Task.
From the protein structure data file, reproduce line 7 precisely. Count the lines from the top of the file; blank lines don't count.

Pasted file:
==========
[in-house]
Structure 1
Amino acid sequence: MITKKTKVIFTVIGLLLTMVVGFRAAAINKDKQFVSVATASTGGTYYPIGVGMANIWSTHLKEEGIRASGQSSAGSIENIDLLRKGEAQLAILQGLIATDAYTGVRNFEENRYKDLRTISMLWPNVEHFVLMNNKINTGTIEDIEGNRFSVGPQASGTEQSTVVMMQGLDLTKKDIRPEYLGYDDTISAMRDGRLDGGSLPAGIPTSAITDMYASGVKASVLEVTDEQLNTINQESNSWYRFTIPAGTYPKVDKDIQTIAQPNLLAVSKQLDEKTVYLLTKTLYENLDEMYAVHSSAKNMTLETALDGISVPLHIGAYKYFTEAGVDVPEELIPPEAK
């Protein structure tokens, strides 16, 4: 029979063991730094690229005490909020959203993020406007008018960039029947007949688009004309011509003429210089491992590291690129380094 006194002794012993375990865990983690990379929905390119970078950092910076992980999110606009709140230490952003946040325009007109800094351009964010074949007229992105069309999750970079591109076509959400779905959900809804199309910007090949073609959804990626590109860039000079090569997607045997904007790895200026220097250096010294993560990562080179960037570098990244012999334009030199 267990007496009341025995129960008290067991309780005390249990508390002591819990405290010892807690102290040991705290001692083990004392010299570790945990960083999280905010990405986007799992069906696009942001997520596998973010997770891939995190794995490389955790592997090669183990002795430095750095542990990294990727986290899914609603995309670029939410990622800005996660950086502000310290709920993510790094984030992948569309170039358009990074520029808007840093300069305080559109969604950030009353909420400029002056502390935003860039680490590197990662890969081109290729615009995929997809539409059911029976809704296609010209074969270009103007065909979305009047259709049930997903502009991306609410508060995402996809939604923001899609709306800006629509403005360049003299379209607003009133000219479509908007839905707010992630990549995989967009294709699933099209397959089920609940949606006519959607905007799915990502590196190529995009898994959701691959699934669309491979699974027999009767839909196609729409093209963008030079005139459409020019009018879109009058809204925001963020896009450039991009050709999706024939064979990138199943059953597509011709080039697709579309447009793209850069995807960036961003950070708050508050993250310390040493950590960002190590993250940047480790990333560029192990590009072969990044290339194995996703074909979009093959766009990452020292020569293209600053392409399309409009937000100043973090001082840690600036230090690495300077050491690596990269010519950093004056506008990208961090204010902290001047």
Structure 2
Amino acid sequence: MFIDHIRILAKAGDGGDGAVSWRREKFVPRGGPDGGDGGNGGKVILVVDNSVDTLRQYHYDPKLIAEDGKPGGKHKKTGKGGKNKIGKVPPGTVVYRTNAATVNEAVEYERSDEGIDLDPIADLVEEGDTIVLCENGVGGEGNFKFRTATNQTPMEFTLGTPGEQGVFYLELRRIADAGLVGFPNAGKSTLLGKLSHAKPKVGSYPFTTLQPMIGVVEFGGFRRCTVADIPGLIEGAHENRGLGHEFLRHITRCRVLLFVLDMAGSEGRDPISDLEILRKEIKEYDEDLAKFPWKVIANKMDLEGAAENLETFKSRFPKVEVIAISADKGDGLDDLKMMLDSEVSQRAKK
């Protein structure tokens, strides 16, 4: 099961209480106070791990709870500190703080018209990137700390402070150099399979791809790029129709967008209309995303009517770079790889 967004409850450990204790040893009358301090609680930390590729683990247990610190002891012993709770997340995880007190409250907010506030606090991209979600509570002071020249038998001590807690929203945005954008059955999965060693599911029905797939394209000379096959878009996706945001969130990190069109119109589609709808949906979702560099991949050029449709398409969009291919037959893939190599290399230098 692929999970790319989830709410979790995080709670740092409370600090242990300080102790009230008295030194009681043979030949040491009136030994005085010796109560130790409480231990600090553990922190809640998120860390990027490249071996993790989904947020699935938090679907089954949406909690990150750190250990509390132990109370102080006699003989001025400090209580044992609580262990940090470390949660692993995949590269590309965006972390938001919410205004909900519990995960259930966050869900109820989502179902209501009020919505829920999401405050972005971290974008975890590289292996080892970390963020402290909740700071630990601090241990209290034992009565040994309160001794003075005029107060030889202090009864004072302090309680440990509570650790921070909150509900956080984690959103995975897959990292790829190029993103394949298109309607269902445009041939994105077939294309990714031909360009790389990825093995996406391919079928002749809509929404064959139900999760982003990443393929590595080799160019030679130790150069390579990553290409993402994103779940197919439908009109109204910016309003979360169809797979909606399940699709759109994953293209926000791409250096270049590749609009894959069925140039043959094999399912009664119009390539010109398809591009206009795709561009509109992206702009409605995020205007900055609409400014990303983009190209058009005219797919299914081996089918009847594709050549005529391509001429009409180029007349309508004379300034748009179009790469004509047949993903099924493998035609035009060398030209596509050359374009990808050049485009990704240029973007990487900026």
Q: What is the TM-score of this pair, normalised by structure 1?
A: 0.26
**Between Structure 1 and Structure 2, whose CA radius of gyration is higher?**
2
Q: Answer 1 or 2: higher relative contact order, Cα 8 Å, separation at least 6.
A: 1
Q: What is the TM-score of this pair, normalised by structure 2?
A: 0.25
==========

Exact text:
């Protein structure tokens, strides 16, 4: 099961209480106070791990709870500190703080018209990137700390402070150099399979791809790029129709967008209309995303009517770079790889 967004409850450990204790040893009358301090609680930390590729683990247990610190002891012993709770997340995880007190409250907010506030606090991209979600509570002071020249038998001590807690929203945005954008059955999965060693599911029905797939394209000379096959878009996706945001969130990190069109119109589609709808949906979702560099991949050029449709398409969009291919037959893939190599290399230098 692929999970790319989830709410979790995080709670740092409370600090242990300080102790009230008295030194009681043979030949040491009136030994005085010796109560130790409480231990600090553990922190809640998120860390990027490249071996993790989904947020699935938090679907089954949406909690990150750190250990509390132990109370102080006699003989001025400090209580044992609580262990940090470390949660692993995949590269590309965006972390938001919410205004909900519990995960259930966050869900109820989502179902209501009020919505829920999401405050972005971290974008975890590289292996080892970390963020402290909740700071630990601090241990209290034992009565040994309160001794003075005029107060030889202090009864004072302090309680440990509570650790921070909150509900956080984690959103995975897959990292790829190029993103394949298109309607269902445009041939994105077939294309990714031909360009790389990825093995996406391919079928002749809509929404064959139900999760982003990443393929590595080799160019030679130790150069390579990553290409993402994103779940197919439908009109109204910016309003979360169809797979909606399940699709759109994953293209926000791409250096270049590749609009894959069925140039043959094999399912009664119009390539010109398809591009206009795709561009509109992206702009409605995020205007900055609409400014990303983009190209058009005219797919299914081996089918009847594709050549005529391509001429009409180029007349309508004379300034748009179009790469004509047949993903099924493998035609035009060398030209596509050359374009990808050049485009990704240029973007990487900026």